In his second video Tech Minds explains RTTY and also shows how to decode it. RTTY is another much older mode that is used by the military as well as hams. To decode it he uses Digital Master 780 which is a program included in the Ham Radio Deluxe software.

Decoding FT-8 With WSJT-X And A SDRplay RSP1A SDR Receiver
Decoding FT-8 With WSJT-X And A SDRplay RSP1A SDR Receiver

Decoding RTTY With Digital Master And A SDRplay RSP1A SDR Receiver
Decoding RTTY With Digital Master And A SDRplay RSP1A SDR Receiver

Listening to SELCAL and the HF Air Band with an RTL-SDR

Over on YouTube content creator Tech Minds continues to upload informative RTL-SDR based videos, this time discussing SELCAL and the HF Air Band. For international flights it is common for aircraft to communicate with ground controllers and the parent company via the HF bands.

As radio communications are sparse, and the pilots obviously don't want to monitor noisy HF static for the entirely journey a system is required for signalling pilots when a ground station wishes to communicate with them. The system in use today is SELCAL which simply consists of transmitting a set of tones unique to an aircraft. When a correct SELCAL tone is received the aircraft system alerts the pilots that a radio voice communication is about to come through, allowing them time to get the radio in operation. 

Tech Minds' video explains this in a bit more detail, and shows some examples of HF air comms with SELCAL tones played.

Receiving HF Air Band With An RTL SDR Receiver - SELCAL
Receiving HF Air Band With An RTL SDR Receiver - SELCAL

Identifying Noise Sources in the Shack using an SDR and an Active Receive Loop

Over on YouTube user SignalSearch has uploaded a video showing how he uses an active magnetic loop antenna indoors to identify local noise sources. Magnetic loop antennas are directional, meaning that they receive best when pointing towards a signal. This means that they also receive noise better when pointed at a noise source.  In the video SignalSearch uses a W6LVP receive loop antenna and demonstrates noise being emitted from his lightbulb, and from a plug in Ethernet over powerline adapter, which are known to be huge sources of HF noise.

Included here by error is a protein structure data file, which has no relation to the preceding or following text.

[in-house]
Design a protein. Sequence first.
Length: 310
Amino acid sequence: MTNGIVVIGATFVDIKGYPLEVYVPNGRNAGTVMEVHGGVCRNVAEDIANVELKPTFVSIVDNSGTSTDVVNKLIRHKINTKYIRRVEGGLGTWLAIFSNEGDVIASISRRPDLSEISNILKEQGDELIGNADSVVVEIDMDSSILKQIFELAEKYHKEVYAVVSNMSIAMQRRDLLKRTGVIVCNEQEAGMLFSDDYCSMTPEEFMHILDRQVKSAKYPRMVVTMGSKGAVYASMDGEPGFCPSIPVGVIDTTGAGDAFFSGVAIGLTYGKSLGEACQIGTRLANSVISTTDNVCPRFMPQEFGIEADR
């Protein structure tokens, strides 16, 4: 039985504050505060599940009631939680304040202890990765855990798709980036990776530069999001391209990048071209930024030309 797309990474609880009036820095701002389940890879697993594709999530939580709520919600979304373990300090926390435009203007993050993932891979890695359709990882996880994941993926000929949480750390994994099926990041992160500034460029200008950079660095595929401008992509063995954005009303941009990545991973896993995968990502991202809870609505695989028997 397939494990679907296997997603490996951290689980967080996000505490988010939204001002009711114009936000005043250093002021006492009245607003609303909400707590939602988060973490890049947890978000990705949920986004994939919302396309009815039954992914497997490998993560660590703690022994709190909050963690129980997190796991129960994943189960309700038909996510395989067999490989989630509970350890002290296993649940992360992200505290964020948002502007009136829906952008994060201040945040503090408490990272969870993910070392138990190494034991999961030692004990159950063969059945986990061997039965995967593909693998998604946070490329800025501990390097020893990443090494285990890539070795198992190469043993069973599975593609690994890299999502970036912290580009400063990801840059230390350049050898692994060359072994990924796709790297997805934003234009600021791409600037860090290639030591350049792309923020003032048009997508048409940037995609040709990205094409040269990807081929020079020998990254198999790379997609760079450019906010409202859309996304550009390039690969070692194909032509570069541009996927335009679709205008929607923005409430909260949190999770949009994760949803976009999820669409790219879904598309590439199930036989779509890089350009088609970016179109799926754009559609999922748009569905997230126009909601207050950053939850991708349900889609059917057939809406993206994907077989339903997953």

If you are interested in the noise produced by these Ethernet over powerline adapters then we did a previous post on this problem over here.

Using an Active Receive Loop Indoors & utilizing Software Defined Radio to identify noise sources
Using an Active Receive Loop Indoors & utilizing Software Defined Radio to identify noise sources

Receiving WSPR with an RTL-SDR V3 and with Automatic Band Changing

RTL-SDR V3 + Raspberry Pi WSPR Receiver
RTL-SDR V3 + Raspberry Pi WSPR Receiver

WSPR (pronounced "Whisper") is short for Weak Signal Propagation Reporting, and is a HF ham mode typically run on very low power levels such as 1W. The data from WSPR reception can be used to determine how good or bad HF propagation is currently around the world as each WSPR message contains a callsign, 6-digit locator and the transmit power level used. Received messages are all reported to the internet and can be viewed on an online map at http://wsprnet.org/drupal/wsprnet/map.

With an RTL-SDR V3 running in direct sampling mode it is possible to receive and decode these messages on a Raspberry Pi 3 using the WSPRD software.

Over on his website IT9YBG has uploaded a tutorial for a method that allows the WSPRD software to automatically change bands depending on the time of day. The method simply uses the crontab in Linux to automatically run a script that stops and then restarts WSPRD on a new frequency at certain times of the day. This is useful because different WSPR bands tend to become active at different times of the day due to changing HF propagation conditions.

WSPR messages received from all over the world.
WSPR messages received by IT9YBG from all over the world.

Decoding Morse Code and Weather Faxes with an RTL-SDR

Over on the YouTube channel Tech Minds the presenter has uploaded two new RTL-SDR based tutorial videos. The first video gives a bit of background and shows how to decode Morse code with an RTL-SDR. He uses SDR-Console V3 and the Morse code decoder CwGet. With this he's able to decode a few calls from some ham radio operators.

In the second video Tech Minds shows how to decode Weather Fax with the RTL-SDR. Weather faxes are images of weather charts sent over HF frequencies. In the video he uses SDR-Console and SeaTTY to do the decoding and demonstrates reception of an example fax.

The Real Matrix - Decoding Morse Code Using An RTL SDR Receiver
The Real Matrix - Decoding Morse Code Using An RTL SDR Receiver

Receiving HF Weather FAX Using An RTL SDR Receiver
Receiving HF Weather FAX Using An RTL SDR Receiver